Is the blending of inheritance similar to incomplete dominance

2. Important terms in classical genetics

Classical Genetics: Definitions of Terms
The Mendelian rules (Laws of inheritance) describe Laws of Inheritance of features.
GenesHereditary factors. They contain information in the form of specific base sequences that are translated into proteins and thus functional or active (pronounced / expressed) (see protein synthesis as a function of DNA).

AllelesVariants of a gene (e.g. flower color: allele "red" and allele "white"). There can be more than two variants of information. One then speaks of multiple allelia (e.g. for blood groups).

Phenotype = Appearance (e.g. visible flower color) = visible characteristics. When a "trait" (phen) is spoken of, the phenotypic expression (expression) of a gene is meant.

genotype = Inheritance (genetic disposition, e.g. for flower color) = totality of genetic characteristics.

diploid = double set of chromosomes; for each trait (phen) there are two genes. In higher animals and plants, all cells with the exception of the sex cells are diploid (or polyploid = even more sets of chromosomes)
Danger! Do not confuse this with the replicated set of chromosomes! See replication before mitosis!

haploid = simple set of chromosomes; for each trait there is (only) one genetic disposition (or one gene). Arises from reduction division (meiosis). Occurs in the sex cells: egg cell, sperm. The fusion during fertilization then creates a diploid set of chromosomes again.
pure (homozygous) = The diploid chromosome set stands for a purely inherited trait the same genetic make-up in both sets of chromosomes (e.g. 2 x flower color "red"). An individual happens to inherit the same gene variant (the same allele) from both parents.
mix-and-match (heterozygous) = In the diploid set of chromosomes there is a mixed-blood trait two different genes (e.g. flower color "red" AND "white")
dominant-recessive inheritance = For mixed-inherited characteristics one genetic trait prevails over the other (e.g. flower color "red" dominant compared to the recessive "white": genotype = red and white / phenotype = red)
intermediate inheritance = In the case of mixed-inheritance traits, both hereditary factors (alleles) influence and lead to an "intermediate" = intermediate appearance of the trait due to incomplete dominance (e.g. flower color "red and white intermediate": genotype = red and white / phenotype = pink). Both alleles influence the expression (expression).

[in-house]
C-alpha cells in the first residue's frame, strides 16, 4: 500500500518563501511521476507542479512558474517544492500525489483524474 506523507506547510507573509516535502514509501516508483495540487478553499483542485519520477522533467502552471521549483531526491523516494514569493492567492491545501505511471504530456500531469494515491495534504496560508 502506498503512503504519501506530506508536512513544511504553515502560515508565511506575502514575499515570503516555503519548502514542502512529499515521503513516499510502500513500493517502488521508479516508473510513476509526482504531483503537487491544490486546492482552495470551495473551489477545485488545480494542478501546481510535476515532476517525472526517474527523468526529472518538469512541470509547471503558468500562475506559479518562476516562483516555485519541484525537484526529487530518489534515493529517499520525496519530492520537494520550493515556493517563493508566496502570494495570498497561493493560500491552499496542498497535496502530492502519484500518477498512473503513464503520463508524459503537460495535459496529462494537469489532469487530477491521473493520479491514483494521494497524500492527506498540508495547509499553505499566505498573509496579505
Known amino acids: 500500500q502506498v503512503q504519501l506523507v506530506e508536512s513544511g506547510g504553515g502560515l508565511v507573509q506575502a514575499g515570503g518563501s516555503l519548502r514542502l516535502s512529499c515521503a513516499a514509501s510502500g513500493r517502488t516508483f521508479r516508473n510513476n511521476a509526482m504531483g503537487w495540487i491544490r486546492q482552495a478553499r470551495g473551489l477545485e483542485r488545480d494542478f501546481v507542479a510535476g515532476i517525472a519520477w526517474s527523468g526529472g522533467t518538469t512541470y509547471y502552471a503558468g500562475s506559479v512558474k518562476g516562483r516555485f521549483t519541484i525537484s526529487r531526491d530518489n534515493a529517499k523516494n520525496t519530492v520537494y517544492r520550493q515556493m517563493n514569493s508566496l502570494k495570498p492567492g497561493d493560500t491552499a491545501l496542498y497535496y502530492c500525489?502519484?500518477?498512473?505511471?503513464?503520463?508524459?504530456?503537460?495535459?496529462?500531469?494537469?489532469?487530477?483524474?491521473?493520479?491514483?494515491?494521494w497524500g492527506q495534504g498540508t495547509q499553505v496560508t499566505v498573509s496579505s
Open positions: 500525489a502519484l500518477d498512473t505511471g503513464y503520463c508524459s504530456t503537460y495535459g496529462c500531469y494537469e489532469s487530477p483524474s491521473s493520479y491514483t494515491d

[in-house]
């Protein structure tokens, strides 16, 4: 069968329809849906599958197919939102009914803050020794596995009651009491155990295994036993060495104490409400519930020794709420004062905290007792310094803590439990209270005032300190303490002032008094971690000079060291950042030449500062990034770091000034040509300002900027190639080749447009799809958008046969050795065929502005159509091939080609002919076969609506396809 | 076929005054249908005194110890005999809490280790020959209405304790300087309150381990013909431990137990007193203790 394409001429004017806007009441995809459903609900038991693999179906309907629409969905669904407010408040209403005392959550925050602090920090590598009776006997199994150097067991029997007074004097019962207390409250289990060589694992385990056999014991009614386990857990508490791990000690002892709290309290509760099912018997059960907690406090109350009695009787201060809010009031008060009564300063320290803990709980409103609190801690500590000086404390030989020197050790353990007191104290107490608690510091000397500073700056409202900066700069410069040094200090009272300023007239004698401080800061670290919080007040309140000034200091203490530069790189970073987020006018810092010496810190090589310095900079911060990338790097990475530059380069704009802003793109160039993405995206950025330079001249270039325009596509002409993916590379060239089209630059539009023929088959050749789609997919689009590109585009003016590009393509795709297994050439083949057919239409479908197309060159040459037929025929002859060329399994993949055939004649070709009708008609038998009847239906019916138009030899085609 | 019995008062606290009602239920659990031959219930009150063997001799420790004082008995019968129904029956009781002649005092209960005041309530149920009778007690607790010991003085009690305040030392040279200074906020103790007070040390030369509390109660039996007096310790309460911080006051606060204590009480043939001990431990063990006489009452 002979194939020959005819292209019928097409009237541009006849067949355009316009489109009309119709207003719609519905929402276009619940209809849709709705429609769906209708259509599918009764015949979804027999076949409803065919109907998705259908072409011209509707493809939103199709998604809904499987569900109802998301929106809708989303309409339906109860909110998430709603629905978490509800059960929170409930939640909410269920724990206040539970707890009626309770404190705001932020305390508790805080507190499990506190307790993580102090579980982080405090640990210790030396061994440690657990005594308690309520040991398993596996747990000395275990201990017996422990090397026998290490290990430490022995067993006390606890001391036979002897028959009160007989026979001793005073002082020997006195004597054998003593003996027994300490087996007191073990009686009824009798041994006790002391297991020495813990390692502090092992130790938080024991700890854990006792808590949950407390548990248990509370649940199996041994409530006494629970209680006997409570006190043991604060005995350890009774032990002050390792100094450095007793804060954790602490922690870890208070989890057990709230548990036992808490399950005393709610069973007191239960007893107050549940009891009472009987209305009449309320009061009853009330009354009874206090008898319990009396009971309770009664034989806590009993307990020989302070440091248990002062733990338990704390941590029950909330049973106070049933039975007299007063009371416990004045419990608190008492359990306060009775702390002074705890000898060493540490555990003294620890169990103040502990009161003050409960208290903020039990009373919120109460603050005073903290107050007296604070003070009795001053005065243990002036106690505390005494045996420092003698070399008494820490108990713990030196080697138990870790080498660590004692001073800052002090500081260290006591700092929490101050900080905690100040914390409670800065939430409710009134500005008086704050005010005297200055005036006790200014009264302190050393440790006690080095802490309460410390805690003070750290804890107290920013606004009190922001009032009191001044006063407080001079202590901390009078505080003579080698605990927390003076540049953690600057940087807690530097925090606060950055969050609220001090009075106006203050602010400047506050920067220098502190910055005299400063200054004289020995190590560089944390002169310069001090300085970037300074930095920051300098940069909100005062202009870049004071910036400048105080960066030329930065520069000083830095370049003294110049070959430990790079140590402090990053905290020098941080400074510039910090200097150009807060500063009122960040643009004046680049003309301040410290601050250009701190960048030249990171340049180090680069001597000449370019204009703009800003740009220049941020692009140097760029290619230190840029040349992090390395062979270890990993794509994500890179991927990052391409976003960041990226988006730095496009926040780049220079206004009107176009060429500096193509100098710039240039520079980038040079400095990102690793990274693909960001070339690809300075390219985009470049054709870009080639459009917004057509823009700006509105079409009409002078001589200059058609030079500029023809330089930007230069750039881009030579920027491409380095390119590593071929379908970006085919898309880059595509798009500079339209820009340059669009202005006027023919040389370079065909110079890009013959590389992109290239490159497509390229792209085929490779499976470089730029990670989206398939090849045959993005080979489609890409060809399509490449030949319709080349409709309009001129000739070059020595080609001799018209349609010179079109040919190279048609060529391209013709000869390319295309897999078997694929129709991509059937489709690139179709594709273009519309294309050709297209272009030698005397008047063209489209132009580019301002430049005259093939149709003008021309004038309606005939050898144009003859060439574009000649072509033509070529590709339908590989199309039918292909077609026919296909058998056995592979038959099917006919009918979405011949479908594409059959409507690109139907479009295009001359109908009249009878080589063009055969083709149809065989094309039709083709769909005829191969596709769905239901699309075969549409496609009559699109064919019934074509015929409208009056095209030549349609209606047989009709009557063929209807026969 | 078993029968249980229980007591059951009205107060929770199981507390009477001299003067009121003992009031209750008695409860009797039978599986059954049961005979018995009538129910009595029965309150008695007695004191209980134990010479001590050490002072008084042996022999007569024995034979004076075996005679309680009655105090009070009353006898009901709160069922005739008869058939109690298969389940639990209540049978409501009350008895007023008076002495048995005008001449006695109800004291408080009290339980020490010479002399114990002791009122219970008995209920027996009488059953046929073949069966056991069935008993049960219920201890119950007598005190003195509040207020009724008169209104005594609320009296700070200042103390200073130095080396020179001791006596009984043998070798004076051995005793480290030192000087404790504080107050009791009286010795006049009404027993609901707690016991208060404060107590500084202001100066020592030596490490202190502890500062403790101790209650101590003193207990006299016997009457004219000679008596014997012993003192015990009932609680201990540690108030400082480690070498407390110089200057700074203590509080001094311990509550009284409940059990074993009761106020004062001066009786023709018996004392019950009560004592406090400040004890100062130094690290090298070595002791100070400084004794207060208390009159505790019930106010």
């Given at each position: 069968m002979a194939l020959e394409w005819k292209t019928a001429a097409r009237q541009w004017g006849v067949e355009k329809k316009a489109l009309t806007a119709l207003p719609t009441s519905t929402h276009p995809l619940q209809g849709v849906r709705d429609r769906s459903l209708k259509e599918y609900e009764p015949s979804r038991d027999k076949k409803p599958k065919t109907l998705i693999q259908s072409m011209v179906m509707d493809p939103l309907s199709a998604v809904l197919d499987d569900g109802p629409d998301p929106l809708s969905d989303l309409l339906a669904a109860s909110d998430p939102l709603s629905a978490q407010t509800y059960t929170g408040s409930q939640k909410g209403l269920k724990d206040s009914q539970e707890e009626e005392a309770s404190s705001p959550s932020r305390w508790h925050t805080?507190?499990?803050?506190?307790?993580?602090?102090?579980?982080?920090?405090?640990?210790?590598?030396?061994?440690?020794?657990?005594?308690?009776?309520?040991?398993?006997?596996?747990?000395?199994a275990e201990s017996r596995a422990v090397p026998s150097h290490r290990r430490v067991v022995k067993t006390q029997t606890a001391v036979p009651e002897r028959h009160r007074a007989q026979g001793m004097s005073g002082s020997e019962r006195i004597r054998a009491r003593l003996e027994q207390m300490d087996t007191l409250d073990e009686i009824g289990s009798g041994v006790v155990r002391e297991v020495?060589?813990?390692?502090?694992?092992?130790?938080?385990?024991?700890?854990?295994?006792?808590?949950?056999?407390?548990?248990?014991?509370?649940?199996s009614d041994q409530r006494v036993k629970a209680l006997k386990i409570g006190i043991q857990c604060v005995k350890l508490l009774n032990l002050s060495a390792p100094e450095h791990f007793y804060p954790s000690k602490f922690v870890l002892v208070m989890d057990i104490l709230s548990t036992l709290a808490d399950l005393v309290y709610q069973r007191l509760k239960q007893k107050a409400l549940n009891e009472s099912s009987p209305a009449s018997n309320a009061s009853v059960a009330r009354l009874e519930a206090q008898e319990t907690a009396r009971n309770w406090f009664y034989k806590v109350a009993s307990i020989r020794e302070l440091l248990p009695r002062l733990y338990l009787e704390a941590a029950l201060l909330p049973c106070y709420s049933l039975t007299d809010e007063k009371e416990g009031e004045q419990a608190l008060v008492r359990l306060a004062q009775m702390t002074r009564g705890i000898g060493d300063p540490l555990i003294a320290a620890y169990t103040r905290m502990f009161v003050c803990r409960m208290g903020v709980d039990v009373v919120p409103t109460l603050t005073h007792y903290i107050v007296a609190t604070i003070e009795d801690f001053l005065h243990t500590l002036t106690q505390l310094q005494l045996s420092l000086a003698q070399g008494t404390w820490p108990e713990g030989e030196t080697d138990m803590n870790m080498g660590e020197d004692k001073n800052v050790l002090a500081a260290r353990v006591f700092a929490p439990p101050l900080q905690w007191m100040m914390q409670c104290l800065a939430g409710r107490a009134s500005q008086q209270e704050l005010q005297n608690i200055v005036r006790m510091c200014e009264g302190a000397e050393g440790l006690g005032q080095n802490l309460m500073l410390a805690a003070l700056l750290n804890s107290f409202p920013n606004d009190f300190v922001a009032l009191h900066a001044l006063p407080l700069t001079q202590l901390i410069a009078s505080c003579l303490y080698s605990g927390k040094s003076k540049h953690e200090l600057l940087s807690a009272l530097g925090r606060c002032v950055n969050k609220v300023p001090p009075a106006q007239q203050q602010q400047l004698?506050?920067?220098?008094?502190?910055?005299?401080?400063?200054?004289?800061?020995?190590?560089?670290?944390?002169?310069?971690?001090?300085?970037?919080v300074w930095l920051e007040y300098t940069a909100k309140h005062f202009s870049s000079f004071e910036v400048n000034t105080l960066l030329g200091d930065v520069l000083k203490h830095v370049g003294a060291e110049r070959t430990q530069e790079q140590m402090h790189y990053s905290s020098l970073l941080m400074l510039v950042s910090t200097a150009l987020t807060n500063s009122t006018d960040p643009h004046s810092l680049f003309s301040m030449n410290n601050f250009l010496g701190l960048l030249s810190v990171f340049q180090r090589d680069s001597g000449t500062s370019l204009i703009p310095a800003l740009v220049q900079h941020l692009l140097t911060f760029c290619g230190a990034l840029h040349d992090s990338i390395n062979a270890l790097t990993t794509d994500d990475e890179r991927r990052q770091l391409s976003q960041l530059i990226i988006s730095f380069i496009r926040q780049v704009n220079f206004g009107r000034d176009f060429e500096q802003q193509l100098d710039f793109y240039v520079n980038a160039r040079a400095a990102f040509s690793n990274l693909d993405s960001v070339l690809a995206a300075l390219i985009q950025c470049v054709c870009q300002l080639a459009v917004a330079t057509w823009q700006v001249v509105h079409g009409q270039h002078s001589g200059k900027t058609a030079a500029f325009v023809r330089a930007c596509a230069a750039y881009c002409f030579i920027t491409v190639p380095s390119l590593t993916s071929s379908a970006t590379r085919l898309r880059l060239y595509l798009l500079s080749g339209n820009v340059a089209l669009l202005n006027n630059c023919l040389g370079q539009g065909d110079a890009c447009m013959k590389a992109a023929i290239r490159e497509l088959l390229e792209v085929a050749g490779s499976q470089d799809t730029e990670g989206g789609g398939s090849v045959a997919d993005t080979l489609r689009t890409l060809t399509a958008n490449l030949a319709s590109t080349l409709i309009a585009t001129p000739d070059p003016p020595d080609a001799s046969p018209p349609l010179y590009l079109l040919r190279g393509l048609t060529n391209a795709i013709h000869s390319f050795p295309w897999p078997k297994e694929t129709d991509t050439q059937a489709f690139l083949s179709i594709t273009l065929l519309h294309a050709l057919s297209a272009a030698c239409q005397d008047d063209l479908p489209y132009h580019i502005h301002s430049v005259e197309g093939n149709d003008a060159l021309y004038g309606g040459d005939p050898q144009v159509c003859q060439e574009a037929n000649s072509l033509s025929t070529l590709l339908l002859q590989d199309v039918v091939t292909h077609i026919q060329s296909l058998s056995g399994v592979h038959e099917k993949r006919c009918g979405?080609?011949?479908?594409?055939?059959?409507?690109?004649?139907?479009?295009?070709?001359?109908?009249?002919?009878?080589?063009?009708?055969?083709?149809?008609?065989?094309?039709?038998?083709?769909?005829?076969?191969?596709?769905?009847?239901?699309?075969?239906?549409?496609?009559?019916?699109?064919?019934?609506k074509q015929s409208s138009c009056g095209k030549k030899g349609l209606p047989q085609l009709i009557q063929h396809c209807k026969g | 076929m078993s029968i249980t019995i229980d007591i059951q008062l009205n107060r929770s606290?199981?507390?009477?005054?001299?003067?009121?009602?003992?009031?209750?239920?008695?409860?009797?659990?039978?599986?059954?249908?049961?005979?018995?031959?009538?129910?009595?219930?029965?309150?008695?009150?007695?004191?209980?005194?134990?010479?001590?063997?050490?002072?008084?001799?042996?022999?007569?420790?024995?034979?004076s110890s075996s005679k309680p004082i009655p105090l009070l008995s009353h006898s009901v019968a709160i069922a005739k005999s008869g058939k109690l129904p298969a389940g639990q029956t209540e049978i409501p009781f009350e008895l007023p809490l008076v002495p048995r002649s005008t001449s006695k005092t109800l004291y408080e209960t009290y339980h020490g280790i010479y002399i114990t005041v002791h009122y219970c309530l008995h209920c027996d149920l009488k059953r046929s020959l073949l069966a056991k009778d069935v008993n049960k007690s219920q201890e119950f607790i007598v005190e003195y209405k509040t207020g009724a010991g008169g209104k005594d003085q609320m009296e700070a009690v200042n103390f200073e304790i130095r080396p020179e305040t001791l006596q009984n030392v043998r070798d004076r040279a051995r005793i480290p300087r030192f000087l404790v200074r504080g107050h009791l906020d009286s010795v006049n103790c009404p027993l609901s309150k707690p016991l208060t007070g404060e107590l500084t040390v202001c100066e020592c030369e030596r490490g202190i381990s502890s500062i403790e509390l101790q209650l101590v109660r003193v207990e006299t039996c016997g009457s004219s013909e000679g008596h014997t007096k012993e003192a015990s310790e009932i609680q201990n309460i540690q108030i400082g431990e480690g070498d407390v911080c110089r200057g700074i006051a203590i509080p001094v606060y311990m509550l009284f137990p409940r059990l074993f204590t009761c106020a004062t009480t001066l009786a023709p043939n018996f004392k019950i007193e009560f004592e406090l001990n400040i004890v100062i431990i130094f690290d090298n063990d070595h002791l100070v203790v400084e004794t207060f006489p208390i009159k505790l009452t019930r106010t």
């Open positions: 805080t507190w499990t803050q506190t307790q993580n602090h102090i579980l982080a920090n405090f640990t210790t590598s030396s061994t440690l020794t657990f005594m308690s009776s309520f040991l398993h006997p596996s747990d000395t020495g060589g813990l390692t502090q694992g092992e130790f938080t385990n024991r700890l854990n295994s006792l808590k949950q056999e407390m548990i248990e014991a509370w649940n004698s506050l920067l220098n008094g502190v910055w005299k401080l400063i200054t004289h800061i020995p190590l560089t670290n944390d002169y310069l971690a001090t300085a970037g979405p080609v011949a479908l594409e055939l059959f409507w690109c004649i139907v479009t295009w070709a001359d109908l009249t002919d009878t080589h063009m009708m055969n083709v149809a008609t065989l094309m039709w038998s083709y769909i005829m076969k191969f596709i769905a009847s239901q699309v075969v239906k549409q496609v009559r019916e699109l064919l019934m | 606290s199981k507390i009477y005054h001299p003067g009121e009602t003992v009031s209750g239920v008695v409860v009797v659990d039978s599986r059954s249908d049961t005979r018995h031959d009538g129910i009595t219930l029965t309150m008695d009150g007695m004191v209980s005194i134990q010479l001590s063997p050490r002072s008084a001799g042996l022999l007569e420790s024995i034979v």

codominant inheritance = With codominant inheritance patterns, both hereditary factors influence the relevant trait to the same extent. Both hereditary factors are fully expressed (e.g. blood group AB - the gene for surface protein A and the gene for surface protein B are both fully expressed and thus both proteins are on the red blood cells: AB).
monohybrid inheritance = The Inheritance of a trait is examined (e.g. flower color)
dihybrid inheritance = The Inheritance of two characteristics is examined (e.g. pea color and shape)
Parental generation (P) = parents
First generation of branches (F1) = daughter generation after crossing the P generation
Second generation of branches (F2) = grandchildren after crossing the F1 generation
Mixed race (Bastards, hybrid) = F1 generation with mixed (intermediate) genotype
Gamet = Sex cell (sperm cell, egg cell)
Backcross = Crossing the mixed-blooded F1 generation with the pure-blooded P generation. Initial situation: There is a dominant phenotype = e.g. only the flower color that is considered "dominant" is visible. The genotype of this individual can be both RR (= homozygous) and Rw (= heterozygous). In order to find out whether it is a homozygous or heterozygous genotype for the characteristic "flower color", the backcrossing is carried out with an organism that is clearly recessive-homozygous for the characteristic "flower color", ie genotype: ww.
Ruso, Bernhart. 2011. BIOLOGY. Script. Vienna: Dr. Roland GmbH, 2011. 3rd edition